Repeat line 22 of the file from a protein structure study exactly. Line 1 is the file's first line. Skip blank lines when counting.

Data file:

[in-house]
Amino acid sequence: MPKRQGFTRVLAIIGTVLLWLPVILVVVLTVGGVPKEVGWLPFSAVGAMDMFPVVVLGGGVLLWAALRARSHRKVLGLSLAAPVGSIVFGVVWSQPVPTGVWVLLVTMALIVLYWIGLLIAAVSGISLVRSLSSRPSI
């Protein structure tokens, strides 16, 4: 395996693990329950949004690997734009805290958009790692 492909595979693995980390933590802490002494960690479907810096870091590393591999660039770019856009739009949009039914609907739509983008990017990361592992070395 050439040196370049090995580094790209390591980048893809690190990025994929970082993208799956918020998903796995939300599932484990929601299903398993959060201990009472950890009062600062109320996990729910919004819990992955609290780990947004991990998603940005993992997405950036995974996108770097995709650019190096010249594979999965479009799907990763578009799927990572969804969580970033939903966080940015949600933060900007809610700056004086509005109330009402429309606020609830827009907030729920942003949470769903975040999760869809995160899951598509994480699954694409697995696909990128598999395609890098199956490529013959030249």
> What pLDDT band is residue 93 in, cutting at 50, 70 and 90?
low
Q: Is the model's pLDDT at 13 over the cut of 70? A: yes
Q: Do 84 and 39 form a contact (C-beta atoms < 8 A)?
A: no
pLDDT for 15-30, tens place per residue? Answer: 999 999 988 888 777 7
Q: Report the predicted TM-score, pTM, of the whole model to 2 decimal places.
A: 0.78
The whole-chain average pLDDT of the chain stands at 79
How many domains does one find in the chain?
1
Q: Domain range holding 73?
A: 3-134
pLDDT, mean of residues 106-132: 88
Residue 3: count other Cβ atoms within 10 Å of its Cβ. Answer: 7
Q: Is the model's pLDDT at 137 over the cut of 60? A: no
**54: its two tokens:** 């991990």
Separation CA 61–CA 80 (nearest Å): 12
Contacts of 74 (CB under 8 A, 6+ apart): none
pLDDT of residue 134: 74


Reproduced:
Contacts of 74 (CB under 8 A, 6+ apart): none